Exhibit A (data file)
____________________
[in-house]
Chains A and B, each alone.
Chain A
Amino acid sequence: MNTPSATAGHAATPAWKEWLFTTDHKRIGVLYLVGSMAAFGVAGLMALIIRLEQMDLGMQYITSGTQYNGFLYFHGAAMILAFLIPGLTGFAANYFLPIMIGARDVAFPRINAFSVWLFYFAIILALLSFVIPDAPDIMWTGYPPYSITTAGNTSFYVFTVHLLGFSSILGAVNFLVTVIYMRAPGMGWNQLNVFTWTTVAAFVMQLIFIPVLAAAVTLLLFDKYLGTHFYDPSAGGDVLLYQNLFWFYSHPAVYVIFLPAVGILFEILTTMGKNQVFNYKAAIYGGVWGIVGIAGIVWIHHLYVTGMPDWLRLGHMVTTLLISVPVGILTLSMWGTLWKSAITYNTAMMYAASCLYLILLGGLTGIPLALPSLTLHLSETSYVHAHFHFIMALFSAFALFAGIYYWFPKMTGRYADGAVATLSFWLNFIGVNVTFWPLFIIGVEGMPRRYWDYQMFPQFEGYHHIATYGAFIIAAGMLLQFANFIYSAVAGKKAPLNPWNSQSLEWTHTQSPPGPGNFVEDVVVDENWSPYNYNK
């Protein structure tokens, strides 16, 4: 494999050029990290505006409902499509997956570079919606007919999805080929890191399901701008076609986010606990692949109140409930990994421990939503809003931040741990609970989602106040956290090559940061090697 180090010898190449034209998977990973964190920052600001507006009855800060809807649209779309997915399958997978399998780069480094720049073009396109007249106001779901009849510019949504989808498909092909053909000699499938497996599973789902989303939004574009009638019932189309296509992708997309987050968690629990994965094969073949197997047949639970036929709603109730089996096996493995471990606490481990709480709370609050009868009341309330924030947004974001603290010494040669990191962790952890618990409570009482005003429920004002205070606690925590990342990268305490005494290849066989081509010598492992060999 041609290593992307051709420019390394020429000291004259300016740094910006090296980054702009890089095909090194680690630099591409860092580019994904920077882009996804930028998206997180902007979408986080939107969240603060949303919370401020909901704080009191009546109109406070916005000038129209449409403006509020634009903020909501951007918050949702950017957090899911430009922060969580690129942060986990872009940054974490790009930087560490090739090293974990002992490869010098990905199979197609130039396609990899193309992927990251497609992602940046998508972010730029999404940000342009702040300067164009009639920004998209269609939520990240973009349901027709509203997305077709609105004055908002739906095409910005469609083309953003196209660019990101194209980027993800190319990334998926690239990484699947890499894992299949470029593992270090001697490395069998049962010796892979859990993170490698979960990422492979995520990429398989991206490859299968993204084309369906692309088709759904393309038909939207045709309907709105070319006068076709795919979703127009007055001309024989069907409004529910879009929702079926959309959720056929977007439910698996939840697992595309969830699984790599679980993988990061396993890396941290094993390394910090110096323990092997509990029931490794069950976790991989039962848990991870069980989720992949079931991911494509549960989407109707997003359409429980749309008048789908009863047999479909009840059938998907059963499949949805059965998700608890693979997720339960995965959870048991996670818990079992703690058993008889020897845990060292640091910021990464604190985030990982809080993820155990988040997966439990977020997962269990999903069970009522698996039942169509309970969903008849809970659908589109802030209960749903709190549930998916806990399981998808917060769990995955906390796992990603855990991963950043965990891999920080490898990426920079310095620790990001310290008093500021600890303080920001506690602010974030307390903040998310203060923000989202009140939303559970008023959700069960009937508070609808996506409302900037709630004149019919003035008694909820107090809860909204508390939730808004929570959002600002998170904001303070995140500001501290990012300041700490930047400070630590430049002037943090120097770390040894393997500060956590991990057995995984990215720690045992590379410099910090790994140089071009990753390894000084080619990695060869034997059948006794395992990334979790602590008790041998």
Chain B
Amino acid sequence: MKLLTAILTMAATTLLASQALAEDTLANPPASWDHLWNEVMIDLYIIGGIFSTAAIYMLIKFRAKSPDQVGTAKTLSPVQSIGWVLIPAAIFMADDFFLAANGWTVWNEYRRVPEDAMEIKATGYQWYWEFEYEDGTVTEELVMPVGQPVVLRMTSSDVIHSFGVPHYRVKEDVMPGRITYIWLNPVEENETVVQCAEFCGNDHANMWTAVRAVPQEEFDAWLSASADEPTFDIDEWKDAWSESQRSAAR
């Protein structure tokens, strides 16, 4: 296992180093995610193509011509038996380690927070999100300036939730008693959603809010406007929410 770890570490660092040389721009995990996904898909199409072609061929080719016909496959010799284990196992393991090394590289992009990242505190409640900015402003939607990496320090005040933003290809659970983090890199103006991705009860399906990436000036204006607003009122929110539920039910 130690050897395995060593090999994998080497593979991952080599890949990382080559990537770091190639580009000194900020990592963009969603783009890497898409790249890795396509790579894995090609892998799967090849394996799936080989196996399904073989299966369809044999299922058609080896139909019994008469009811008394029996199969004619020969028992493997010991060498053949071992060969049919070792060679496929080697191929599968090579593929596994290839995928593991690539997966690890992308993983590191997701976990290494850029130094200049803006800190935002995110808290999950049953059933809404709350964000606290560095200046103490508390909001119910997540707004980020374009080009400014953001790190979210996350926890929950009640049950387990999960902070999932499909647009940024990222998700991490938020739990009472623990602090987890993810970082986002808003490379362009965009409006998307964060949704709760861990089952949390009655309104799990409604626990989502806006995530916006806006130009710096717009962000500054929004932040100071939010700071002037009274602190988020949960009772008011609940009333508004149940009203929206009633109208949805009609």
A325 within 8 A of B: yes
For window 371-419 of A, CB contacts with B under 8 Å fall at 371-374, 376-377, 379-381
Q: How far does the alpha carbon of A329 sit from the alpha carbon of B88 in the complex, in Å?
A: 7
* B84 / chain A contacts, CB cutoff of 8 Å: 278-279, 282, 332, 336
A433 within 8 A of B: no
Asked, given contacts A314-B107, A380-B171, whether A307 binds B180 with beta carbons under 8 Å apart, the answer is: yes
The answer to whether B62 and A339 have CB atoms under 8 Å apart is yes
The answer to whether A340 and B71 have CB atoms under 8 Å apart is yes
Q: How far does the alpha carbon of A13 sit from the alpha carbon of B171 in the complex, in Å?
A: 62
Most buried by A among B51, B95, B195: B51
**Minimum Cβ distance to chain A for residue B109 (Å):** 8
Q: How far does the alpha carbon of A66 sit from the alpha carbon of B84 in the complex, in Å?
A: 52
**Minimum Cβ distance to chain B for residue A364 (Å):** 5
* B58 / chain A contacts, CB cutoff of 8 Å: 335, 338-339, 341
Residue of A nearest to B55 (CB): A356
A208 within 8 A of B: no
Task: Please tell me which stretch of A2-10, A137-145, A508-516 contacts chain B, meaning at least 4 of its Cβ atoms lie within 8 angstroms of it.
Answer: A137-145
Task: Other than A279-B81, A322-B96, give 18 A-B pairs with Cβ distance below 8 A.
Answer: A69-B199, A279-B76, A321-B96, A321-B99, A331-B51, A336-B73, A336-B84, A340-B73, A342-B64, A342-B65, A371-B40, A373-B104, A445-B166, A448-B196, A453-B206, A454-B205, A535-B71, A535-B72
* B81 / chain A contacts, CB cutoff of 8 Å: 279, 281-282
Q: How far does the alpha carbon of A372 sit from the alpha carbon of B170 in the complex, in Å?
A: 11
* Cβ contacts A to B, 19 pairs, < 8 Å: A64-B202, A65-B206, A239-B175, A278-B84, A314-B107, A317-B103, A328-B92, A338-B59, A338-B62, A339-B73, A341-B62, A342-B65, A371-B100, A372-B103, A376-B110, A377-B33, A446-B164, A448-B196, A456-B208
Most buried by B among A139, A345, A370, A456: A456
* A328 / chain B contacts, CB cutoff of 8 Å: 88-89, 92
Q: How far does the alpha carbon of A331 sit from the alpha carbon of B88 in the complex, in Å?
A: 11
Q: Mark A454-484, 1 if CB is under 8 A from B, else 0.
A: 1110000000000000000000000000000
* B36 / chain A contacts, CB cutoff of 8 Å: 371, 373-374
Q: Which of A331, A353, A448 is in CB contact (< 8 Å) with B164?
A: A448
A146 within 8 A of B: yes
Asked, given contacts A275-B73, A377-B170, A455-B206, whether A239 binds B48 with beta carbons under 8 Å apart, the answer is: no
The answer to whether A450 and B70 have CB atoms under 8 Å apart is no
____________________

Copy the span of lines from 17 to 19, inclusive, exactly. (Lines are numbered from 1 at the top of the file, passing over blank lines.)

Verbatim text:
The answer to whether A340 and B71 have CB atoms under 8 Å apart is yes
Q: How far does the alpha carbon of A13 sit from the alpha carbon of B171 in the complex, in Å?
A: 62